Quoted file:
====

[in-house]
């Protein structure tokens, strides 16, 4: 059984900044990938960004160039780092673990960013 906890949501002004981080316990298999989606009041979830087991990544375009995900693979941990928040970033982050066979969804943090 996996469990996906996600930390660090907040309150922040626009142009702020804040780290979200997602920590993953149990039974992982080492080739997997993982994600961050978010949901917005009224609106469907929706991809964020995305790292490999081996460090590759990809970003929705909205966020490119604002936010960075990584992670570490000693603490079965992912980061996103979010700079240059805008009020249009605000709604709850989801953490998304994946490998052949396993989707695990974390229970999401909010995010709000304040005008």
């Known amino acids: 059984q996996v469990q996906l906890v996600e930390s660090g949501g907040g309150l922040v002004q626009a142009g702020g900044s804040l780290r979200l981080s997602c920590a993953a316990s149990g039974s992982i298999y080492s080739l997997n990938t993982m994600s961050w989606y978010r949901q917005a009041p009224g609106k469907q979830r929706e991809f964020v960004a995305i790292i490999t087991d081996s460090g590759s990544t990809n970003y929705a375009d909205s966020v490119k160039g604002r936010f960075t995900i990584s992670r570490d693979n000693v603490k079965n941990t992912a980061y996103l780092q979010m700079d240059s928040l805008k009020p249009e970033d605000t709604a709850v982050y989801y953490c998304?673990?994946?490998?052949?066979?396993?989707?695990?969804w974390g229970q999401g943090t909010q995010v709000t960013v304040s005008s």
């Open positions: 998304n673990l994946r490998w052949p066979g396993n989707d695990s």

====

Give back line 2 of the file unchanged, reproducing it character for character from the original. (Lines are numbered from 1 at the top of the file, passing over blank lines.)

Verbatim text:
């Protein structure tokens, strides 16, 4: 059984900044990938960004160039780092673990960013 906890949501002004981080316990298999989606009041979830087991990544375009995900693979941990928040970033982050066979969804943090 996996469990996906996600930390660090907040309150922040626009142009702020804040780290979200997602920590993953149990039974992982080492080739997997993982994600961050978010949901917005009224609106469907929706991809964020995305790292490999081996460090590759990809970003929705909205966020490119604002936010960075990584992670570490000693603490079965992912980061996103979010700079240059805008009020249009605000709604709850989801953490998304994946490998052949396993989707695990974390229970999401909010995010709000304040005008």